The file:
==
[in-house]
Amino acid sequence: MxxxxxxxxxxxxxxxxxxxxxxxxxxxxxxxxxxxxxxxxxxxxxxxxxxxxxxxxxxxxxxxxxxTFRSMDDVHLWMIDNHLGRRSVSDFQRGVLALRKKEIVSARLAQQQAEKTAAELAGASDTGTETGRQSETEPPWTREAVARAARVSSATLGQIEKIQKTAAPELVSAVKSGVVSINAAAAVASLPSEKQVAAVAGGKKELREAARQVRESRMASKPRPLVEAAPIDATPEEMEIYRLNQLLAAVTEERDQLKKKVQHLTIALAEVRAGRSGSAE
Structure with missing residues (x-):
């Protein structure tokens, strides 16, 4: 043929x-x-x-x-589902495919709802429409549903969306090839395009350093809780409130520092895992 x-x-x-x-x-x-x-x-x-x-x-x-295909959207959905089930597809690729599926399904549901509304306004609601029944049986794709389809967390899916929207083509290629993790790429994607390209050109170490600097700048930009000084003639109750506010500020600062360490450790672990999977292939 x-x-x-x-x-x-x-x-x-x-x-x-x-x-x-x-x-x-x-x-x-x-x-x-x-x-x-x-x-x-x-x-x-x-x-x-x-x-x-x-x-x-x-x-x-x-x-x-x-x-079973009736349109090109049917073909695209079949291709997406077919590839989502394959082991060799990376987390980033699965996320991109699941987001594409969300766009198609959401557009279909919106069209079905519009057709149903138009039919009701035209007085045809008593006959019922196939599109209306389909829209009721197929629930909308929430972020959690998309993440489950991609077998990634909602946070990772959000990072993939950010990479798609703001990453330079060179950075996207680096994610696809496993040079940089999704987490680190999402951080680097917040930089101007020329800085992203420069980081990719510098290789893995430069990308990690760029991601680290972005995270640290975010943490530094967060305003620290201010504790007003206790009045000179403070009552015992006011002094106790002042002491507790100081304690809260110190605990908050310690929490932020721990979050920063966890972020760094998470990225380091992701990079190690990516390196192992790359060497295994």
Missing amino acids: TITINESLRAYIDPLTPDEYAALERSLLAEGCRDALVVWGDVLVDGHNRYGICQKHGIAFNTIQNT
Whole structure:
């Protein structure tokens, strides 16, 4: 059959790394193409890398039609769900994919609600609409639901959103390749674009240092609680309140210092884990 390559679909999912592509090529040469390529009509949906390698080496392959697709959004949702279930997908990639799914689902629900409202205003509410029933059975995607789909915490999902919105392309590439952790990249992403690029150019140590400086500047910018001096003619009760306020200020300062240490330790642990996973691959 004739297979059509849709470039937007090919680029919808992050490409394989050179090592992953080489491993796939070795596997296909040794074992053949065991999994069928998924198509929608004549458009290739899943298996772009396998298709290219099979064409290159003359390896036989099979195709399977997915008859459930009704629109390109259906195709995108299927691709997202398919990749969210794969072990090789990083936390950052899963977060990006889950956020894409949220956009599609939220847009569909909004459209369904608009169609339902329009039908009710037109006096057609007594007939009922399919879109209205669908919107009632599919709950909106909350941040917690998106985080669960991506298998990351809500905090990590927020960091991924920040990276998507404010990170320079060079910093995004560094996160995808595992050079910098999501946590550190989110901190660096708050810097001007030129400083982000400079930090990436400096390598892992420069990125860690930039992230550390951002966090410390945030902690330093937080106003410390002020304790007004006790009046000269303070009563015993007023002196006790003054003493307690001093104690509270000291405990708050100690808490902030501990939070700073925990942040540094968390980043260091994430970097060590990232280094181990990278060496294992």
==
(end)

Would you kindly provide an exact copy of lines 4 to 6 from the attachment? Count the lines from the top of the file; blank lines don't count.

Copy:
């Protein structure tokens, strides 16, 4: 043929x-x-x-x-589902495919709802429409549903969306090839395009350093809780409130520092895992 x-x-x-x-x-x-x-x-x-x-x-x-295909959207959905089930597809690729599926399904549901509304306004609601029944049986794709389809967390899916929207083509290629993790790429994607390209050109170490600097700048930009000084003639109750506010500020600062360490450790672990999977292939 x-x-x-x-x-x-x-x-x-x-x-x-x-x-x-x-x-x-x-x-x-x-x-x-x-x-x-x-x-x-x-x-x-x-x-x-x-x-x-x-x-x-x-x-x-x-x-x-x-x-079973009736349109090109049917073909695209079949291709997406077919590839989502394959082991060799990376987390980033699965996320991109699941987001594409969300766009198609959401557009279909919106069209079905519009057709149903138009039919009701035209007085045809008593006959019922196939599109209306389909829209009721197929629930909308929430972020959690998309993440489950991609077998990634909602946070990772959000990072993939950010990479798609703001990453330079060179950075996207680096994610696809496993040079940089999704987490680190999402951080680097917040930089101007020329800085992203420069980081990719510098290789893995430069990308990690760029991601680290972005995270640290975010943490530094967060305003620290201010504790007003206790009045000179403070009552015992006011002094106790002042002491507790100081304690809260110190605990908050310690929490932020721990979050920063966890972020760094998470990225380091992701990079190690990516390196192992790359060497295994």
Missing amino acids: TITINESLRAYIDPLTPDEYAALERSLLAEGCRDALVVWGDVLVDGHNRYGICQKHGIAFNTIQNT
Whole structure: